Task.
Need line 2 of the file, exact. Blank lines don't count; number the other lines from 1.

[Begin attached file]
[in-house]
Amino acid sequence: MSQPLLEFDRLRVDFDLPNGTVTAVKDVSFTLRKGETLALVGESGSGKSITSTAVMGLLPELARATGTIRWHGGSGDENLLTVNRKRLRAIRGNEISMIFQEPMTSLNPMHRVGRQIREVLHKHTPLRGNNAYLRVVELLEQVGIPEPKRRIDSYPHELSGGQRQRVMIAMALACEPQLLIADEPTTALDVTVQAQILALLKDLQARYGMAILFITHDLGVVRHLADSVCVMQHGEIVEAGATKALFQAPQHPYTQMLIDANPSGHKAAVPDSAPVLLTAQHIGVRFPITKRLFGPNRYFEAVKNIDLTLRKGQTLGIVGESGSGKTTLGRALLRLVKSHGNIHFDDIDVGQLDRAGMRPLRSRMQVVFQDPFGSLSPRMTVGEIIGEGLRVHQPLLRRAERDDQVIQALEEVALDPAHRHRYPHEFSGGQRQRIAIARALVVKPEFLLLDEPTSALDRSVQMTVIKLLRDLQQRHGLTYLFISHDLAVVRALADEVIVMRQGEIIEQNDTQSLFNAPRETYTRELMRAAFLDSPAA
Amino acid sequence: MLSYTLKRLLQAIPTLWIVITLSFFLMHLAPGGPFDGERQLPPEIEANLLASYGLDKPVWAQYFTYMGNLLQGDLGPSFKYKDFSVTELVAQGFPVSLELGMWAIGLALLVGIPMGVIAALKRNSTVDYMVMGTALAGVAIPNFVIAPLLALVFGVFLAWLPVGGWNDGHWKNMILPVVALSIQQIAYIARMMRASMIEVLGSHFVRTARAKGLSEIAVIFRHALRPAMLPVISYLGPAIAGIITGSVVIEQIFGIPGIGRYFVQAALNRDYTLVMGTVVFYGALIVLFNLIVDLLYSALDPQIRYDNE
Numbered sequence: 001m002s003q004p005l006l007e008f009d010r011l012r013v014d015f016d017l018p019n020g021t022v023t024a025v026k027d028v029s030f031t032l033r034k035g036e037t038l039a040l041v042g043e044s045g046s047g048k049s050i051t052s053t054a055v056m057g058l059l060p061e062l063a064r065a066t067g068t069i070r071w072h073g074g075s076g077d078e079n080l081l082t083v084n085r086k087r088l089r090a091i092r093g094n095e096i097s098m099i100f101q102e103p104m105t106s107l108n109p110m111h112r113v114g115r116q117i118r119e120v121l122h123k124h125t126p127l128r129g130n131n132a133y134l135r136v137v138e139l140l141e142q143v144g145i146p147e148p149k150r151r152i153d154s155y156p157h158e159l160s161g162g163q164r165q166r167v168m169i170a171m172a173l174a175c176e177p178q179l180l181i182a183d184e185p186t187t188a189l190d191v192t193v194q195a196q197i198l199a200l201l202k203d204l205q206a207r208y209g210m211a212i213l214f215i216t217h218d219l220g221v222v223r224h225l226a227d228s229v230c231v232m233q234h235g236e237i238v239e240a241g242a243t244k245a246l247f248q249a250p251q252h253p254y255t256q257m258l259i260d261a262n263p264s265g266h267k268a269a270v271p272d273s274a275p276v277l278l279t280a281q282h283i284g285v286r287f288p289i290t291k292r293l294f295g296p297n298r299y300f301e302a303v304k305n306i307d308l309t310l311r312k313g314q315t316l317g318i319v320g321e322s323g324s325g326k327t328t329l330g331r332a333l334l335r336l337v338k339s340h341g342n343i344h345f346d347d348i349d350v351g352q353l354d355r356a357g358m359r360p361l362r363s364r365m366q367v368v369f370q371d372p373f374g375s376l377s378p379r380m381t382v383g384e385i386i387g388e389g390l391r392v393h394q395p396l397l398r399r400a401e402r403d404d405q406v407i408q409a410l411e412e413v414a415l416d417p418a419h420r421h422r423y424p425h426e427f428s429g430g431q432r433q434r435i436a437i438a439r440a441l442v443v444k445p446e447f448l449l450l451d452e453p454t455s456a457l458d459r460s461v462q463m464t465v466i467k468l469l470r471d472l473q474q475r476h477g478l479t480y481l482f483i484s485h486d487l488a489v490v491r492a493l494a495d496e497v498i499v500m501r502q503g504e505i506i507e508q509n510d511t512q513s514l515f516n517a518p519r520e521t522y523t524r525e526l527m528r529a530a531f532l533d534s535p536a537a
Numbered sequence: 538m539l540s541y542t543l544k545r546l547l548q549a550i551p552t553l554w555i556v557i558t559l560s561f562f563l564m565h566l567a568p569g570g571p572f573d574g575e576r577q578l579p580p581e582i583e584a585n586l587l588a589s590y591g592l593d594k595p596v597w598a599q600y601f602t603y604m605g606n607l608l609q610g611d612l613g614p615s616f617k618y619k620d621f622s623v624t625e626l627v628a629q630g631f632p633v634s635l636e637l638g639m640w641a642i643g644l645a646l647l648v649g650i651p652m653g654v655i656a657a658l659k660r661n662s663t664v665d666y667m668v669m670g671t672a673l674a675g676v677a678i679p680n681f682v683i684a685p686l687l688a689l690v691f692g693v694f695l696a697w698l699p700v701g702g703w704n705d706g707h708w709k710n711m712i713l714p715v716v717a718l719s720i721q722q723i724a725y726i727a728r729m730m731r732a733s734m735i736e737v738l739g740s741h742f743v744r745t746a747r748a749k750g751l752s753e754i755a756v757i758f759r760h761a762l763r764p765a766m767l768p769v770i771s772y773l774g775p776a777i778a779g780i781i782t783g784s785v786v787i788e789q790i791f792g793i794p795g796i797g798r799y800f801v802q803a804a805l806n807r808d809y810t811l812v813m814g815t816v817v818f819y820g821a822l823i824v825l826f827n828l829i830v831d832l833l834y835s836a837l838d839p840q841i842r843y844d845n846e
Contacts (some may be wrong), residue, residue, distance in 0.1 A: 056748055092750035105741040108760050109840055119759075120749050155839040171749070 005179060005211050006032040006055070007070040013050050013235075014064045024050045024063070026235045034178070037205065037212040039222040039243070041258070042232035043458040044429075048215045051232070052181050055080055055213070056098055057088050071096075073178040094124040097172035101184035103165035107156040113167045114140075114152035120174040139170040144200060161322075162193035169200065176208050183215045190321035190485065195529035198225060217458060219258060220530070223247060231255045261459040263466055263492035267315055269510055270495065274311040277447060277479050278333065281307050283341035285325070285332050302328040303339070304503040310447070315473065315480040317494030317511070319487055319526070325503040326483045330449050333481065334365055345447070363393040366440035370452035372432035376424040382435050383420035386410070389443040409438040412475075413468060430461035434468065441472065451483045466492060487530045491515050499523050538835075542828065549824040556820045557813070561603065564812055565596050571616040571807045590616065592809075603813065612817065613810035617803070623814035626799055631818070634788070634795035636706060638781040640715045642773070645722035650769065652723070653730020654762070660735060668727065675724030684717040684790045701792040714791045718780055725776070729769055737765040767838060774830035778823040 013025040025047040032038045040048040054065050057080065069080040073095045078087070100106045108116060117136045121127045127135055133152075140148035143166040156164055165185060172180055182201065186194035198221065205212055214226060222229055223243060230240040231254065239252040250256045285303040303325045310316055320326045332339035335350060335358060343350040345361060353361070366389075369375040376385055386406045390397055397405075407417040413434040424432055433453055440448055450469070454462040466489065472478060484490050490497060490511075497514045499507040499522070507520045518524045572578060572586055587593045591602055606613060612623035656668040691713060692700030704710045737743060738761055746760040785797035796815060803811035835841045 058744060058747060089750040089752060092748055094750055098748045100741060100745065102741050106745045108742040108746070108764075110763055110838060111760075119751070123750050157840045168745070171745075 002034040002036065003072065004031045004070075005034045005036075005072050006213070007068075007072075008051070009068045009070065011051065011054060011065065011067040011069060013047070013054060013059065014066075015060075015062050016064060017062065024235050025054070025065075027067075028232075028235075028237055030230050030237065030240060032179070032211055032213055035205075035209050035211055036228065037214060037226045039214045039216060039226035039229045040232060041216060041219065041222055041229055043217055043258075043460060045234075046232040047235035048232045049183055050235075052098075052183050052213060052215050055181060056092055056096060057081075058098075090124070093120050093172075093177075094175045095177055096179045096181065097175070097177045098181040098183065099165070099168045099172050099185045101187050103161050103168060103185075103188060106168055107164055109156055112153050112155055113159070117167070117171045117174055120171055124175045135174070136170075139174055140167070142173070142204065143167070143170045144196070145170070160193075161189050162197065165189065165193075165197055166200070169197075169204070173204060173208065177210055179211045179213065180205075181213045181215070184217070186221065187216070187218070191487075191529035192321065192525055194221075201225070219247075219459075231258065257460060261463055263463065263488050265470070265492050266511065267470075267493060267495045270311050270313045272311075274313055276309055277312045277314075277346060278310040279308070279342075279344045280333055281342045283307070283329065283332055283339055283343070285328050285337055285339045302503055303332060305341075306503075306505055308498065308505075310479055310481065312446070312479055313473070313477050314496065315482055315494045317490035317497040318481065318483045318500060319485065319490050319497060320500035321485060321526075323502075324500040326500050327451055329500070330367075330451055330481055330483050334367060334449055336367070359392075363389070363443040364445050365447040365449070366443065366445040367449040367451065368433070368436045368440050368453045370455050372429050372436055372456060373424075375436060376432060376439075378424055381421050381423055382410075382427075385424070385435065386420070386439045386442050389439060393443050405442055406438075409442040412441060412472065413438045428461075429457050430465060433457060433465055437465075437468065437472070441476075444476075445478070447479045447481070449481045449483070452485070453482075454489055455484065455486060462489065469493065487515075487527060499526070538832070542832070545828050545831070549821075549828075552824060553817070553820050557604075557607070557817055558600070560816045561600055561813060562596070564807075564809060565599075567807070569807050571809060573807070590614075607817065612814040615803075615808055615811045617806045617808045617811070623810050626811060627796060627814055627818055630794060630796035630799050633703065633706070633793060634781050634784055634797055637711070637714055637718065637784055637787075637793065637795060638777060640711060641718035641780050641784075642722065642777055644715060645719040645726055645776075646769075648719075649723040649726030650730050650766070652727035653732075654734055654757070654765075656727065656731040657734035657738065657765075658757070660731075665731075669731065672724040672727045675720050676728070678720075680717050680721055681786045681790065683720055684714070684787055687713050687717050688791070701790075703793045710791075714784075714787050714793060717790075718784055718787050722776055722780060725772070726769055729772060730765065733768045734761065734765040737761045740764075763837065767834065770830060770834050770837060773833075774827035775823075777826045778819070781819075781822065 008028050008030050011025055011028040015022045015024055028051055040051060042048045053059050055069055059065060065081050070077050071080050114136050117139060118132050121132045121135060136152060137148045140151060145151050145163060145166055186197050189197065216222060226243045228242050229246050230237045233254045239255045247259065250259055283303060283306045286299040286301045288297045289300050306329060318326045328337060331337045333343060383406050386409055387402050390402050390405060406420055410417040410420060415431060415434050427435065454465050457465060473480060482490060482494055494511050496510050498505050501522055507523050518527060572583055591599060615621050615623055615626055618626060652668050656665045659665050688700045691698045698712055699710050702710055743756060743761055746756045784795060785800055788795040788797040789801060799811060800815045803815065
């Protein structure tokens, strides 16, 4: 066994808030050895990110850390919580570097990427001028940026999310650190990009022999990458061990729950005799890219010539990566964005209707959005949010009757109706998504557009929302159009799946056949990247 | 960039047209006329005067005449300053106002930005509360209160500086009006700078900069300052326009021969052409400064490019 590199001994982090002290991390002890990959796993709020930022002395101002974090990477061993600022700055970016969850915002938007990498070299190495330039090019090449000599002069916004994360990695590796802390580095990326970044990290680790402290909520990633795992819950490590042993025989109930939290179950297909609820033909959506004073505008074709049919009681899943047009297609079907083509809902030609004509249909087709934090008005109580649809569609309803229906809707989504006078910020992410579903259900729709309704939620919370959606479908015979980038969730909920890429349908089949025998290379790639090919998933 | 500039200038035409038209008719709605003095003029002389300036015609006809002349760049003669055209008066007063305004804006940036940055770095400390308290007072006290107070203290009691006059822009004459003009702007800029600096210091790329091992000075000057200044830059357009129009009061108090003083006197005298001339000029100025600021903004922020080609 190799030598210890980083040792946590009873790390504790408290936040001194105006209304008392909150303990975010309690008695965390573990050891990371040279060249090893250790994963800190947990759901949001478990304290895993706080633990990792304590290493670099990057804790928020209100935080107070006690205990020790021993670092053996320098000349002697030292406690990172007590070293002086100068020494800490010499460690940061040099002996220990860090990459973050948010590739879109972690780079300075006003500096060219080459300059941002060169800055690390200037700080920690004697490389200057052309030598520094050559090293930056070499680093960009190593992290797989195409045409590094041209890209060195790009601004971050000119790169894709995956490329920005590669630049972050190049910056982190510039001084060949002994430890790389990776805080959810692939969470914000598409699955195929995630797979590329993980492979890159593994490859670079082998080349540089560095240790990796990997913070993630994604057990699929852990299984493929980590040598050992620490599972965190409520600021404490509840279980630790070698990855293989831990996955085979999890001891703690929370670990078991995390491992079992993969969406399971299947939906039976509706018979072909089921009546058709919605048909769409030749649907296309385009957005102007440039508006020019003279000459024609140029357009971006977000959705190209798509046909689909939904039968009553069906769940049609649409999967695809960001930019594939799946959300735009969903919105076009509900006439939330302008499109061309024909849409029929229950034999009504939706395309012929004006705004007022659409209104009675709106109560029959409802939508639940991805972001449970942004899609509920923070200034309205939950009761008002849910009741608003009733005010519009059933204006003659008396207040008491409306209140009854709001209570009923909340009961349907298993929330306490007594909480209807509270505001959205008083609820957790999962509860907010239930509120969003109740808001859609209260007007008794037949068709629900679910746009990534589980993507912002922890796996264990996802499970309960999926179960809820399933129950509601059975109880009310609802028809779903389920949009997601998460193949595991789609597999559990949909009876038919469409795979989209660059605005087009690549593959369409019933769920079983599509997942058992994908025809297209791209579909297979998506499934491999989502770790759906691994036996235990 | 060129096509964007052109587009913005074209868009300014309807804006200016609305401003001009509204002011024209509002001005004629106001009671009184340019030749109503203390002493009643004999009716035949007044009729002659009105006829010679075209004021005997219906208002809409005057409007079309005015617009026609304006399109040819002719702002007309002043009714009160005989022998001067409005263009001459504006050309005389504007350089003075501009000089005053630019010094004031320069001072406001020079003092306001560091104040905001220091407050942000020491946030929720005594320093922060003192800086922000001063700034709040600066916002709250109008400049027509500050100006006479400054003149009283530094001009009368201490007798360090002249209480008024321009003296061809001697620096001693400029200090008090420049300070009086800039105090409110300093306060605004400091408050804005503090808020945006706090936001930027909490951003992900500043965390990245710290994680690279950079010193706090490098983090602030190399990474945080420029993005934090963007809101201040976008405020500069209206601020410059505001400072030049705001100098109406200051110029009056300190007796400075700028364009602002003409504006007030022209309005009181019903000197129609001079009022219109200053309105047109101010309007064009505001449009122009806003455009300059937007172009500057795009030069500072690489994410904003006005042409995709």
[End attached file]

Amino acid sequence: MSQPLLEFDRLRVDFDLPNGTVTAVKDVSFTLRKGETLALVGESGSGKSITSTAVMGLLPELARATGTIRWHGGSGDENLLTVNRKRLRAIRGNEISMIFQEPMTSLNPMHRVGRQIREVLHKHTPLRGNNAYLRVVELLEQVGIPEPKRRIDSYPHELSGGQRQRVMIAMALACEPQLLIADEPTTALDVTVQAQILALLKDLQARYGMAILFITHDLGVVRHLADSVCVMQHGEIVEAGATKALFQAPQHPYTQMLIDANPSGHKAAVPDSAPVLLTAQHIGVRFPITKRLFGPNRYFEAVKNIDLTLRKGQTLGIVGESGSGKTTLGRALLRLVKSHGNIHFDDIDVGQLDRAGMRPLRSRMQVVFQDPFGSLSPRMTVGEIIGEGLRVHQPLLRRAERDDQVIQALEEVALDPAHRHRYPHEFSGGQRQRIAIARALVVKPEFLLLDEPTSALDRSVQMTVIKLLRDLQQRHGLTYLFISHDLAVVRALADEVIVMRQGEIIEQNDTQSLFNAPRETYTRELMRAAFLDSPAA